August 19, 2010
After sudden rainclouds and sudden rainstorms, all of which avoided me as I slept in my warm hotel room and landed squarely on Zara as she foolishly went out to experience and enjoy life, we drove from New Orleans to Baton Rouge. We noticed as we drove that we had stopped caring at all about any journey that was under, say, eight hours. If it took above eight hours, then, yes, we would admit, that was a long drive. Anything else was a hop, skip, or jump.
Not even a big one, at that.
Seven hours, fifty nine minutes?
I could do that standing on my head.
We got to Baton Rouge in the early afternoon, and, after we’d navigated our way through the heart of the city, drove down Ronlyn Domingue’s long, leafy street, once more, as we had so many times before, slowing and accelerating to check house numbers against an address we had written down from email, once more, as we had so many times before, finally pulling into a strange driveway to meet people we’d never met. And Ronlyn and Alison Aucoin and Alison’s daughter Ella welcomed us, brought us into the house, and gave us a taste of Southern hospitality.
Here is a list – by no means exhaustive – of the things I learned during my all-too-brief time in Baton Rouge.
1. Ronlyn’s name, Domingue, is pronounced to rhyme with ‘meringue’, and Alison’s, Aucoin, is pronounced after the French, ‘au-quoin’.
2. A (charming) custom of Louisiana is to address people by title and first name: Miss Ronlyn, Miss Alison, Miss Ella. Mr. Simon, Miss Zara.
3. Miss Ronlyn’s hospitality puts the warm embrace of my Greek and Italian friends’s families to shame. She laid out coffee, tea, water, things to eat, as soon as we arrived, offered us places to quickly nap (I, always ready to take a siesta, gratefully accepted)… and later cooked us one of the most delicious home-cooked dinners I’ve had in my life. Dish after dish of Southern-style cooking emerged from the kitchen, each one a meal in itself.
4. Miss Ella, shy at first, turned into a long-limbed ball of energy as the hours came on. She runs in that curious, flat-footed manner that children have, the soles of her feet slapping at the floor as she ran backwards and forwards with toys.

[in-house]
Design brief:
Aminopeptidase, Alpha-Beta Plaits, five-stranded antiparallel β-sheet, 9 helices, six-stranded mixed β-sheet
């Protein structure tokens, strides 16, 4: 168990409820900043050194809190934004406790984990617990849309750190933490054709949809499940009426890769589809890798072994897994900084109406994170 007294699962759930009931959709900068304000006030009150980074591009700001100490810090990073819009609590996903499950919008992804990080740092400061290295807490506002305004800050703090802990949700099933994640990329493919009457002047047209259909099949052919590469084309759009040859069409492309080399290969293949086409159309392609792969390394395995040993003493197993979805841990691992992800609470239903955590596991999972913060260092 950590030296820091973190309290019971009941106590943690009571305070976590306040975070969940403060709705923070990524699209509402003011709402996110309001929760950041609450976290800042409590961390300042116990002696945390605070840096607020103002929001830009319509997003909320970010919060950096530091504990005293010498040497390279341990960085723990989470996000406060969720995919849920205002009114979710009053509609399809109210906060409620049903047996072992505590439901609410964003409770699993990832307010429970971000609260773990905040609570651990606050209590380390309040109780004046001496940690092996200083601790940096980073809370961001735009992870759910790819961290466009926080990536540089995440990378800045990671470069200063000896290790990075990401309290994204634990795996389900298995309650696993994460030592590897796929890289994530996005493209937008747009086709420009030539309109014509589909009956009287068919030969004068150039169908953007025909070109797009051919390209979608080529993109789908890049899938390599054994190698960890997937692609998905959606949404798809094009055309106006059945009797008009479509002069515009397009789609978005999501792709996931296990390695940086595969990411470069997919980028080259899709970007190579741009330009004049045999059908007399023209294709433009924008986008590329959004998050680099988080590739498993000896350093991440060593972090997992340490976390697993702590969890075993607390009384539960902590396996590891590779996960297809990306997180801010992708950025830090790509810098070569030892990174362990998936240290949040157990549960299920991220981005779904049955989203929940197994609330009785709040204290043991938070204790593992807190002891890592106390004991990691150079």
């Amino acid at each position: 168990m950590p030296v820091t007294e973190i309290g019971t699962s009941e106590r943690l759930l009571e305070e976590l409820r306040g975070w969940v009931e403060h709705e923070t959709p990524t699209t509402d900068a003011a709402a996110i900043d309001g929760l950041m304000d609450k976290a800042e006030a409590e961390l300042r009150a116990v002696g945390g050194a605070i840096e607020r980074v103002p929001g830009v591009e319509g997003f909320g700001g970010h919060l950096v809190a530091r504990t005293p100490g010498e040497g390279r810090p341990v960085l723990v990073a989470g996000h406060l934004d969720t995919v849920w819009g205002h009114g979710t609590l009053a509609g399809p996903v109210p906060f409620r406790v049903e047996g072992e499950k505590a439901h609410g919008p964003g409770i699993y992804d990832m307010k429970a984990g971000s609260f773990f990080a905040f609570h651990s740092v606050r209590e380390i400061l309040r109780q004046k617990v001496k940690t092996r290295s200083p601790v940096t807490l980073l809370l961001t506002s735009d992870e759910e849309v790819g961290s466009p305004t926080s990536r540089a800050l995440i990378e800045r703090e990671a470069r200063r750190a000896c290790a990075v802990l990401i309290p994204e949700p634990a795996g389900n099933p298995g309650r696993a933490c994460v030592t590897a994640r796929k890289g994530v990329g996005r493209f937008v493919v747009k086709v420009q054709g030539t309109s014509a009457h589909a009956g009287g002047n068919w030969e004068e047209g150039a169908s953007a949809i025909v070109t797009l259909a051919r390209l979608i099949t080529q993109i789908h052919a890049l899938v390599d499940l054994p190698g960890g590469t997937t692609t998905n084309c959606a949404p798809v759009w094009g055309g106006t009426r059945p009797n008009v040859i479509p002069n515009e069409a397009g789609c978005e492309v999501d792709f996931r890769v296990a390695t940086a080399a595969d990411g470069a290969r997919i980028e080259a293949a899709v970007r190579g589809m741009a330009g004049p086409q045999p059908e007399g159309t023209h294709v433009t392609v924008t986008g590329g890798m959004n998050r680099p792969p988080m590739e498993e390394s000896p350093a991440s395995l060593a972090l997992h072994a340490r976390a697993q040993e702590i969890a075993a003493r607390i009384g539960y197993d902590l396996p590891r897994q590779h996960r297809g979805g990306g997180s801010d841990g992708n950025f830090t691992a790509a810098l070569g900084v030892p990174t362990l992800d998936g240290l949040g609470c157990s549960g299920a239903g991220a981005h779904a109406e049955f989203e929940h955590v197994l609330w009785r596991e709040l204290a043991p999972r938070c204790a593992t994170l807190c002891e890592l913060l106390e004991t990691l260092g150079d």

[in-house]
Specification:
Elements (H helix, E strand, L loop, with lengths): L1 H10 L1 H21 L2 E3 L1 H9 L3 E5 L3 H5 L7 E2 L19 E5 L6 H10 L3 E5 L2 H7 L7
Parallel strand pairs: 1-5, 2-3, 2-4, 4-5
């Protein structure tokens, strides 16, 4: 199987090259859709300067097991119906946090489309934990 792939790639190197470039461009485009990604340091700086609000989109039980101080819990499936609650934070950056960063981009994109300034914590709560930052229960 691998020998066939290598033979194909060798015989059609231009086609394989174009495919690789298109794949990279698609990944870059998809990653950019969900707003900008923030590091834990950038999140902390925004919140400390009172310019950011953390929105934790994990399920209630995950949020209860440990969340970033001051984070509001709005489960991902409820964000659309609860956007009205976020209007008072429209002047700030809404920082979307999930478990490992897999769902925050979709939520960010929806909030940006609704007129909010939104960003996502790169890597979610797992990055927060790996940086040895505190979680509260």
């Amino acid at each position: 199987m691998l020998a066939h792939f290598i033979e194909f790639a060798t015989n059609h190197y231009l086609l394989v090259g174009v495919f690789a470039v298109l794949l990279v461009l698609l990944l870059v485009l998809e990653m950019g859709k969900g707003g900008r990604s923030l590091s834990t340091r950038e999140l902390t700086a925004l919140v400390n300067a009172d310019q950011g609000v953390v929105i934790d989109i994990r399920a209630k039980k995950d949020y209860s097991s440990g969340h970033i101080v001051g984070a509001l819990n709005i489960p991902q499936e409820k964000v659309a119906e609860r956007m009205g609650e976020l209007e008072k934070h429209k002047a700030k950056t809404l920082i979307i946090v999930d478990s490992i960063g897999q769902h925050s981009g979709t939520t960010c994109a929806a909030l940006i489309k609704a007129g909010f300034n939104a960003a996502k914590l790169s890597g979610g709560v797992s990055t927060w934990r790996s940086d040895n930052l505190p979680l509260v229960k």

5. Ronlyn’s partner, Mr. Todd, has an easy, generous laugh, and a face lit with a humorous intelligence. He seems to be the kind of man who thrives on good conversation, genuinely curious to learn more from us, happy to share from his own stores of knowledge.
It wasn’t so long after we first got in that I had to sleep, not wanting to fade into a discombobulated, slurring streak of pale-faced Australian as I had on previous stops along the way. After excusing myself from Misses Ronlyn, Alison, and Ella, and grabbing some much-needed sleep, I woke to find that more plates of refreshments had been laid out and Mr. Todd had arrived.
One of the key features of the TNB compound is going to have to be a deck for drinking beer on at night, because this trip has brought me into contact with far too many people who I’ve thought <i>Man, I’d like to just sit out out under the stars and hit some beers and talk</i> about. Mr. Todd, Miss Ronlyn, and Miss Alison certainly under this category. They treated Zara and I like family that was not, perhaps, long-lost, but who had been away on a very, very long cruise. There was the kind of warmth and intelligence to the gathering in Baton Rouge that you find with people who are basically kind, people in touch with their humanity. After the soullesness of some of the one-horse towns and gas stops we’d passed through, it was a welcome touch of familial-feeling acceptance.
Also, there were squirrels.
Ronlyn’s lawn, the following morning (and I still can’t get over how good that dinner was), drew a team of the tiny creatures, two of whom set to as we watched them from out the clear glass windows. I stole a sideways glance at Zara and knew without a doubt that she was hoping one of the combatants would be knocked out so she could swoop on the comatose rodent and bag it before it had a chance to regain consciousness.
Once more, as we had so many times before, we had to leave again too soon the next day. This time we went on our way with bags of food for the road, kindly decorated for us by Miss Ella.
I could eat so many of those praline cookies right now.
They were so damn good.
We knew we had two more stops and then it was back to LA, and we were done.
Relief or regret?
Hard to say.